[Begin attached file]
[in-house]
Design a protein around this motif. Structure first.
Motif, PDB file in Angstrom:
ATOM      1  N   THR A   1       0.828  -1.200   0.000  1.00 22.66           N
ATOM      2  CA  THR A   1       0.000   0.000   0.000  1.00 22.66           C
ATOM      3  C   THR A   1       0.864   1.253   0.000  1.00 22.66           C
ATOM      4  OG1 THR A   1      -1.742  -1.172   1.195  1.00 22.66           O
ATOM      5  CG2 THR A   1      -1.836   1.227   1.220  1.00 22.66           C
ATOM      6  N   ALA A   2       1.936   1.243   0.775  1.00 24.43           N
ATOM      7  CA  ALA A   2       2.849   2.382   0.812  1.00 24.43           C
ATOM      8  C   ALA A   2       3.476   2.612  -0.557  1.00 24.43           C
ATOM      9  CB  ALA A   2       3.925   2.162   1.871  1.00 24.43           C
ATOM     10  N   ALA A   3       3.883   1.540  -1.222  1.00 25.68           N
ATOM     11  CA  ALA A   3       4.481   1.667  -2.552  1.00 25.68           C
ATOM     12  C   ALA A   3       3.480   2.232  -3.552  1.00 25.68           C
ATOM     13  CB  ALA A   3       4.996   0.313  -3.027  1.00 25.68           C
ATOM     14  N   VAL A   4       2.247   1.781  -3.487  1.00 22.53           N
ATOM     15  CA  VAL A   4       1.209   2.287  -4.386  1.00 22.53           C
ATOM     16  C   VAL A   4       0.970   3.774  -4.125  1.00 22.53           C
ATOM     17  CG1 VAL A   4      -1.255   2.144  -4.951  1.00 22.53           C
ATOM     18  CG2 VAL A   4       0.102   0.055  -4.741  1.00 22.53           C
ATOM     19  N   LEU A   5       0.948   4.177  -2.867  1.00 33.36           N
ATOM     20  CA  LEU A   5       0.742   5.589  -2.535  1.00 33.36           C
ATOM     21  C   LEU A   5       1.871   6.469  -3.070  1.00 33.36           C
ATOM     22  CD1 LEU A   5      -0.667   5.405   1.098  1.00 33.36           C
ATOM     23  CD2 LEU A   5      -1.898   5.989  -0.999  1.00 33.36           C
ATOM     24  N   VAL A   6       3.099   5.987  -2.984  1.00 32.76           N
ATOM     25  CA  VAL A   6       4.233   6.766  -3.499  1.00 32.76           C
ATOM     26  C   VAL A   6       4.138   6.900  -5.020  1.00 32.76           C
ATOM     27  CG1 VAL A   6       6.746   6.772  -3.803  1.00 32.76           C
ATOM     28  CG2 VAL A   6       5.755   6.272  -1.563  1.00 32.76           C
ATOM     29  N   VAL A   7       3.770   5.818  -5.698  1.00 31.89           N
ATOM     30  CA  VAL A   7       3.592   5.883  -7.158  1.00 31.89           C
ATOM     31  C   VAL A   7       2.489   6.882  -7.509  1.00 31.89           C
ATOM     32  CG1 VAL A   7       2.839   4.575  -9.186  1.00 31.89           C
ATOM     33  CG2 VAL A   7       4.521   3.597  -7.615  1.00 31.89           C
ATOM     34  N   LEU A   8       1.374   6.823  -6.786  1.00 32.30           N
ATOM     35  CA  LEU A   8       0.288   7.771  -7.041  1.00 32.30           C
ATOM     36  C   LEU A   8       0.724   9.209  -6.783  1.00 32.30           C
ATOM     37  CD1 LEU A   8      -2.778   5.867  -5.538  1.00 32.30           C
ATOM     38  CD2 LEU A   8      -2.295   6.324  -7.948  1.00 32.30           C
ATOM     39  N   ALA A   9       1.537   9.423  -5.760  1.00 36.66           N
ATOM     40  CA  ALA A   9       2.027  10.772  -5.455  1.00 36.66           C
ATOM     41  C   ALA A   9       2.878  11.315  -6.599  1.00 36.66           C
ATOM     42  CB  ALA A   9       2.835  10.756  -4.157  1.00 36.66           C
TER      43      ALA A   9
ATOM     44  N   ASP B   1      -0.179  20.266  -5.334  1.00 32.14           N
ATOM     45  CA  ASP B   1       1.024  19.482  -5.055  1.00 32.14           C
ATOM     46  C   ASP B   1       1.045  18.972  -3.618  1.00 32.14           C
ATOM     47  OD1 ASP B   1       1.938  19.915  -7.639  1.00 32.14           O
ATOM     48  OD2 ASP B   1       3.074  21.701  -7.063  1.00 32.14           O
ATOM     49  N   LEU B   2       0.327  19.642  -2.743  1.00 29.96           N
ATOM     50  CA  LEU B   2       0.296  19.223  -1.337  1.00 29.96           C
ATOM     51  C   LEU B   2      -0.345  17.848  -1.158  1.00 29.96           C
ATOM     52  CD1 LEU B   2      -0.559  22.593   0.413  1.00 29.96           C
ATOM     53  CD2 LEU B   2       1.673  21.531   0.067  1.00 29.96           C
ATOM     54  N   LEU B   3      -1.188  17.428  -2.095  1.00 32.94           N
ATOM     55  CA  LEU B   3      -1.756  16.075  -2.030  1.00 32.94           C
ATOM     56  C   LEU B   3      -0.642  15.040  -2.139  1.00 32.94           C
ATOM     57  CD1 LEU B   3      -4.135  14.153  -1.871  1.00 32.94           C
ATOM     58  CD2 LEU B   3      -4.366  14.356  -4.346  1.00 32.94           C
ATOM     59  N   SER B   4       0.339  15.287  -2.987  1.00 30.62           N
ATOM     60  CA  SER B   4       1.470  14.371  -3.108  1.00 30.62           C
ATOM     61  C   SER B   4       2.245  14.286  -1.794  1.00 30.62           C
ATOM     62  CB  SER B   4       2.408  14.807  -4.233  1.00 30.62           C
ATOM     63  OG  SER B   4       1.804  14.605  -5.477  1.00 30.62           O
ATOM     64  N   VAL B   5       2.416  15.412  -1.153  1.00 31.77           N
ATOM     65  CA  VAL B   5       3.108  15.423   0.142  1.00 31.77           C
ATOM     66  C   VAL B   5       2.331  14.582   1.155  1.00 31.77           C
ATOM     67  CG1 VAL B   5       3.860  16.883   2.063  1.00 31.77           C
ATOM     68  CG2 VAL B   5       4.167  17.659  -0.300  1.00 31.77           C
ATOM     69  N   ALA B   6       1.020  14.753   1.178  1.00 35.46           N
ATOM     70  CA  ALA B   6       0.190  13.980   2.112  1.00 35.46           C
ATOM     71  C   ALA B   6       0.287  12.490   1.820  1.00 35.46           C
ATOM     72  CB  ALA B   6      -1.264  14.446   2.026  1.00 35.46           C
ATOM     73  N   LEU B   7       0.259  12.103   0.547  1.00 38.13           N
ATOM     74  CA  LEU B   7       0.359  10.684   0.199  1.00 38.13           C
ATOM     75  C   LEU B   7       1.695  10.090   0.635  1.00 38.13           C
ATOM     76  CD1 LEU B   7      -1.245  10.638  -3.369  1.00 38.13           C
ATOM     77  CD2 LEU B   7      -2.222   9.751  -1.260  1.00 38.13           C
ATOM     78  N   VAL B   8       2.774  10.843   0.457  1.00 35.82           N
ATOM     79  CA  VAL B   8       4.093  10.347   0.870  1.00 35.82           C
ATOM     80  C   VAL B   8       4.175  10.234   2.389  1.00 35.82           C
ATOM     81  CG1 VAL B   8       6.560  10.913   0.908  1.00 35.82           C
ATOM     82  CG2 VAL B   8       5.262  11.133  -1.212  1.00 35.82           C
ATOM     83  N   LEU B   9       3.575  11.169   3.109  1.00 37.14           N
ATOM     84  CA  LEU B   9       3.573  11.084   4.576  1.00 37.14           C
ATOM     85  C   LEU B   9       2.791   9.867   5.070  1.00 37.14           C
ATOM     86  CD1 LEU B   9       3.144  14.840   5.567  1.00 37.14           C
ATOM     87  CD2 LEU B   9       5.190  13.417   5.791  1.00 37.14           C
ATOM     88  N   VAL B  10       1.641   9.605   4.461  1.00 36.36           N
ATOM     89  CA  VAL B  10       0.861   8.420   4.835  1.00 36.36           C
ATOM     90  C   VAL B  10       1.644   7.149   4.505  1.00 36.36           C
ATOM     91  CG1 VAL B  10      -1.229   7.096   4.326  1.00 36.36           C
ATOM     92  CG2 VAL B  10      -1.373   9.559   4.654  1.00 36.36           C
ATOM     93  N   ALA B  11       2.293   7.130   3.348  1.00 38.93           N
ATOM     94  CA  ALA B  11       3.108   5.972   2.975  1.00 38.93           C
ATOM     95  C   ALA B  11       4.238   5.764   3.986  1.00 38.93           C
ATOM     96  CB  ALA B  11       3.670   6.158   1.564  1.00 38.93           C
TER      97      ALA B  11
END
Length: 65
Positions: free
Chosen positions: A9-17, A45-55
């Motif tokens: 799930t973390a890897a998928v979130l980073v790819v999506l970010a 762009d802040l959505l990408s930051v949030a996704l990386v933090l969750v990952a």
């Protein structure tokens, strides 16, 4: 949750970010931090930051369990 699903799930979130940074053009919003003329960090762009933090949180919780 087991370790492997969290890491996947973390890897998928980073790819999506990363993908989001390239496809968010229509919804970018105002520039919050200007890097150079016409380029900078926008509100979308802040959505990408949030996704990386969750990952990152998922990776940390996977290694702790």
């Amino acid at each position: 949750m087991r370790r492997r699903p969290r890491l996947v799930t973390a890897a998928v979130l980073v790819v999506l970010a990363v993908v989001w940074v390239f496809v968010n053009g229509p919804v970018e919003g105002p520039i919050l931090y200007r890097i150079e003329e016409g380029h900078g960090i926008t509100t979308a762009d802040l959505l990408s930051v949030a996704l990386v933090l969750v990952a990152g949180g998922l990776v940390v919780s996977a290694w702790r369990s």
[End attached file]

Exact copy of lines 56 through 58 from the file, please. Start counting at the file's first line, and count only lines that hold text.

ATOM     53  CD2 LEU B   2       1.673  21.531   0.067  1.00 29.96           C
ATOM     54  N   LEU B   3      -1.188  17.428  -2.095  1.00 32.94           N
ATOM     55  CA  LEU B   3      -1.756  16.075  -2.030  1.00 32.94           C